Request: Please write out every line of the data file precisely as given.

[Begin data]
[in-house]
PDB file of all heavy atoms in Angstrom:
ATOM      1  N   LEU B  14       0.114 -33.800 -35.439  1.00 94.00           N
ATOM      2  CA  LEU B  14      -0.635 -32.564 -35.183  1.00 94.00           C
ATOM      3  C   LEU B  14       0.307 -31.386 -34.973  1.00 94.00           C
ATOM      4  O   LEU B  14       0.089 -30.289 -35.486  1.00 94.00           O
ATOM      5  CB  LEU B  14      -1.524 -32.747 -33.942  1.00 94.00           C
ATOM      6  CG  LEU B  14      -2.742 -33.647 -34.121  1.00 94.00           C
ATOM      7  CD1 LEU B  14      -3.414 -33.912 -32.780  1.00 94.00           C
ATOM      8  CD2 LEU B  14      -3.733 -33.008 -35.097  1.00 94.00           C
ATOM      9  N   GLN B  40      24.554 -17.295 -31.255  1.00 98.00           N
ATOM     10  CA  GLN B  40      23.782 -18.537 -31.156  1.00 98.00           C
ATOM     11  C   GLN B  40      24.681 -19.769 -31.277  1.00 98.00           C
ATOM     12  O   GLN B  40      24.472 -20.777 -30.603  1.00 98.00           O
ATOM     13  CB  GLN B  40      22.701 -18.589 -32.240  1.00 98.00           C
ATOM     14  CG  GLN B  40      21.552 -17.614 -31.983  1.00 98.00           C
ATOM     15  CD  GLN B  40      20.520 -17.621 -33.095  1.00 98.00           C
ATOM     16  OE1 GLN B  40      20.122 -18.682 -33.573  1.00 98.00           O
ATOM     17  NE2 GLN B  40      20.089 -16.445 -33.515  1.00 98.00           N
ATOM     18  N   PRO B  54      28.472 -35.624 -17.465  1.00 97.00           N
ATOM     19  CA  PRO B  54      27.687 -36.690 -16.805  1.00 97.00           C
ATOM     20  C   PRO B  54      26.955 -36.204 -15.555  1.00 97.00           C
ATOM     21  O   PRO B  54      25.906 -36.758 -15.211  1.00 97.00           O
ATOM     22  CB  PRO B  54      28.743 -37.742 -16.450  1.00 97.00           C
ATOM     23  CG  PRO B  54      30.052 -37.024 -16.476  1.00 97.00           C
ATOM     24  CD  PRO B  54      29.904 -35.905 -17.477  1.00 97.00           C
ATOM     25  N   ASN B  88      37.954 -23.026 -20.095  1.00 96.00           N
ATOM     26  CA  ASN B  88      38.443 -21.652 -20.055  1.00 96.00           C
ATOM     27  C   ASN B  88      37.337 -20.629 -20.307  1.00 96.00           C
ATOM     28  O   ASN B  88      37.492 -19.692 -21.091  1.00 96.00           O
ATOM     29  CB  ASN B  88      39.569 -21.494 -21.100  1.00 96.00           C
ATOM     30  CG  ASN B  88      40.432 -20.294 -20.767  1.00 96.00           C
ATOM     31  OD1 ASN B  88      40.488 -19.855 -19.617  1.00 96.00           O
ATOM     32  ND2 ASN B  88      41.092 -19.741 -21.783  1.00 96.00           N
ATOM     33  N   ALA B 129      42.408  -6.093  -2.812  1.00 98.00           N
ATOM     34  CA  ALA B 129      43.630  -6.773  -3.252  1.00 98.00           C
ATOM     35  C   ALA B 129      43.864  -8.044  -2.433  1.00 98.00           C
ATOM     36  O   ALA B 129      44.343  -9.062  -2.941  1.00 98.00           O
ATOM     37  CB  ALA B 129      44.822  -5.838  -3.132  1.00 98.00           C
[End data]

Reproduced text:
[in-house]
PDB file of all heavy atoms in Angstrom:
ATOM      1  N   LEU B  14       0.114 -33.800 -35.439  1.00 94.00           N
ATOM      2  CA  LEU B  14      -0.635 -32.564 -35.183  1.00 94.00           C
ATOM      3  C   LEU B  14       0.307 -31.386 -34.973  1.00 94.00           C
ATOM      4  O   LEU B  14       0.089 -30.289 -35.486  1.00 94.00           O
ATOM      5  CB  LEU B  14      -1.524 -32.747 -33.942  1.00 94.00           C
ATOM      6  CG  LEU B  14      -2.742 -33.647 -34.121  1.00 94.00           C
ATOM      7  CD1 LEU B  14      -3.414 -33.912 -32.780  1.00 94.00           C
ATOM      8  CD2 LEU B  14      -3.733 -33.008 -35.097  1.00 94.00           C
ATOM      9  N   GLN B  40      24.554 -17.295 -31.255  1.00 98.00           N
ATOM     10  CA  GLN B  40      23.782 -18.537 -31.156  1.00 98.00           C
ATOM     11  C   GLN B  40      24.681 -19.769 -31.277  1.00 98.00           C
ATOM     12  O   GLN B  40      24.472 -20.777 -30.603  1.00 98.00           O
ATOM     13  CB  GLN B  40      22.701 -18.589 -32.240  1.00 98.00           C
ATOM     14  CG  GLN B  40      21.552 -17.614 -31.983  1.00 98.00           C
ATOM     15  CD  GLN B  40      20.520 -17.621 -33.095  1.00 98.00           C
ATOM     16  OE1 GLN B  40      20.122 -18.682 -33.573  1.00 98.00           O
ATOM     17  NE2 GLN B  40      20.089 -16.445 -33.515  1.00 98.00           N
ATOM     18  N   PRO B  54      28.472 -35.624 -17.465  1.00 97.00           N
ATOM     19  CA  PRO B  54      27.687 -36.690 -16.805  1.00 97.00           C
ATOM     20  C   PRO B  54      26.955 -36.204 -15.555  1.00 97.00           C
ATOM     21  O   PRO B  54      25.906 -36.758 -15.211  1.00 97.00           O
ATOM     22  CB  PRO B  54      28.743 -37.742 -16.450  1.00 97.00           C
ATOM     23  CG  PRO B  54      30.052 -37.024 -16.476  1.00 97.00           C
ATOM     24  CD  PRO B  54      29.904 -35.905 -17.477  1.00 97.00           C
ATOM     25  N   ASN B  88      37.954 -23.026 -20.095  1.00 96.00           N
ATOM     26  CA  ASN B  88      38.443 -21.652 -20.055  1.00 96.00           C
ATOM     27  C   ASN B  88      37.337 -20.629 -20.307  1.00 96.00           C
ATOM     28  O   ASN B  88      37.492 -19.692 -21.091  1.00 96.00           O
ATOM     29  CB  ASN B  88      39.569 -21.494 -21.100  1.00 96.00           C
ATOM     30  CG  ASN B  88      40.432 -20.294 -20.767  1.00 96.00           C
ATOM     31  OD1 ASN B  88      40.488 -19.855 -19.617  1.00 96.00           O
ATOM     32  ND2 ASN B  88      41.092 -19.741 -21.783  1.00 96.00           N
ATOM     33  N   ALA B 129      42.408  -6.093  -2.812  1.00 98.00           N
ATOM     34  CA  ALA B 129      43.630  -6.773  -3.252  1.00 98.00           C
ATOM     35  C   ALA B 129      43.864  -8.044  -2.433  1.00 98.00           C
ATOM     36  O   ALA B 129      44.343  -9.062  -2.941  1.00 98.00           O
ATOM     37  CB  ALA B 129      44.822  -5.838  -3.132  1.00 98.00           C